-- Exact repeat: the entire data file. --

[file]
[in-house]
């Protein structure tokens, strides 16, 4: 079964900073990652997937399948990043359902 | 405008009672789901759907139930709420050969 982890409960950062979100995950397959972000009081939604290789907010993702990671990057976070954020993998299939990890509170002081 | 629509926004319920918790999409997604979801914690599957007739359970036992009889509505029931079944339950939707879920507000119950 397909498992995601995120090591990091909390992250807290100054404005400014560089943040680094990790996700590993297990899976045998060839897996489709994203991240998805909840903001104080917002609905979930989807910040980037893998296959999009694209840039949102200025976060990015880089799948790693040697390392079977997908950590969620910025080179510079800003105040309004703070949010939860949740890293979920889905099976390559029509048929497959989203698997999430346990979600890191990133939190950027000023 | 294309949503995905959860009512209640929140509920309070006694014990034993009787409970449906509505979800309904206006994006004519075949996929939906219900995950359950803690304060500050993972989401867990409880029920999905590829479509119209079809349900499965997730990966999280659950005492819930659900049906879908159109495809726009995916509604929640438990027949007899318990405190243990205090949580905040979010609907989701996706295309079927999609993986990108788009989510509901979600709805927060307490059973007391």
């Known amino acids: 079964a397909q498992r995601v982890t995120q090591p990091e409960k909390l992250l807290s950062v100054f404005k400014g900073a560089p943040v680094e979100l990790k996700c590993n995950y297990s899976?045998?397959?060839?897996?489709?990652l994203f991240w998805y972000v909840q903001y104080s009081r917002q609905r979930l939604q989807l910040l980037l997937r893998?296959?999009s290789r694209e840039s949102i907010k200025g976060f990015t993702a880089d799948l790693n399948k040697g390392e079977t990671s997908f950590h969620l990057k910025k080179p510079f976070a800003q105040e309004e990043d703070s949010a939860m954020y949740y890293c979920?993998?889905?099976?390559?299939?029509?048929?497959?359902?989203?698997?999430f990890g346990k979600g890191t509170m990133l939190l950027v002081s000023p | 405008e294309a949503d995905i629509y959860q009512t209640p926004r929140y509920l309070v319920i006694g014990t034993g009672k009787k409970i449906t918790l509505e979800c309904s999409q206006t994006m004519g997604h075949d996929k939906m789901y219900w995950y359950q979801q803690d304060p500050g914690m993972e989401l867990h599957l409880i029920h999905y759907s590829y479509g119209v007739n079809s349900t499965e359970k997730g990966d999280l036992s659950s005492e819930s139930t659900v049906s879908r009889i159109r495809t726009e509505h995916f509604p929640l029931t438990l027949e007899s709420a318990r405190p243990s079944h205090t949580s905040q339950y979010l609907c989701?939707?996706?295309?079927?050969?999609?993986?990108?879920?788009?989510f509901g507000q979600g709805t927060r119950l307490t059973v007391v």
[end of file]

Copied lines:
[in-house]
């Protein structure tokens, strides 16, 4: 079964900073990652997937399948990043359902 | 405008009672789901759907139930709420050969 982890409960950062979100995950397959972000009081939604290789907010993702990671990057976070954020993998299939990890509170002081 | 629509926004319920918790999409997604979801914690599957007739359970036992009889509505029931079944339950939707879920507000119950 397909498992995601995120090591990091909390992250807290100054404005400014560089943040680094990790996700590993297990899976045998060839897996489709994203991240998805909840903001104080917002609905979930989807910040980037893998296959999009694209840039949102200025976060990015880089799948790693040697390392079977997908950590969620910025080179510079800003105040309004703070949010939860949740890293979920889905099976390559029509048929497959989203698997999430346990979600890191990133939190950027000023 | 294309949503995905959860009512209640929140509920309070006694014990034993009787409970449906509505979800309904206006994006004519075949996929939906219900995950359950803690304060500050993972989401867990409880029920999905590829479509119209079809349900499965997730990966999280659950005492819930659900049906879908159109495809726009995916509604929640438990027949007899318990405190243990205090949580905040979010609907989701996706295309079927999609993986990108788009989510509901979600709805927060307490059973007391």
């Known amino acids: 079964a397909q498992r995601v982890t995120q090591p990091e409960k909390l992250l807290s950062v100054f404005k400014g900073a560089p943040v680094e979100l990790k996700c590993n995950y297990s899976?045998?397959?060839?897996?489709?990652l994203f991240w998805y972000v909840q903001y104080s009081r917002q609905r979930l939604q989807l910040l980037l997937r893998?296959?999009s290789r694209e840039s949102i907010k200025g976060f990015t993702a880089d799948l790693n399948k040697g390392e079977t990671s997908f950590h969620l990057k910025k080179p510079f976070a800003q105040e309004e990043d703070s949010a939860m954020y949740y890293c979920?993998?889905?099976?390559?299939?029509?048929?497959?359902?989203?698997?999430f990890g346990k979600g890191t509170m990133l939190l950027v002081s000023p | 405008e294309a949503d995905i629509y959860q009512t209640p926004r929140y509920l309070v319920i006694g014990t034993g009672k009787k409970i449906t918790l509505e979800c309904s999409q206006t994006m004519g997604h075949d996929k939906m789901y219900w995950y359950q979801q803690d304060p500050g914690m993972e989401l867990h599957l409880i029920h999905y759907s590829y479509g119209v007739n079809s349900t499965e359970k997730g990966d999280l036992s659950s005492e819930s139930t659900v049906s879908r009889i159109r495809t726009e509505h995916f509604p929640l029931t438990l027949e007899s709420a318990r405190p243990s079944h205090t949580s905040q339950y979010l609907c989701?939707?996706?295309?079927?050969?999609?993986?990108?879920?788009?989510f509901g507000q979600g709805t927060r119950l307490t059973v007391v």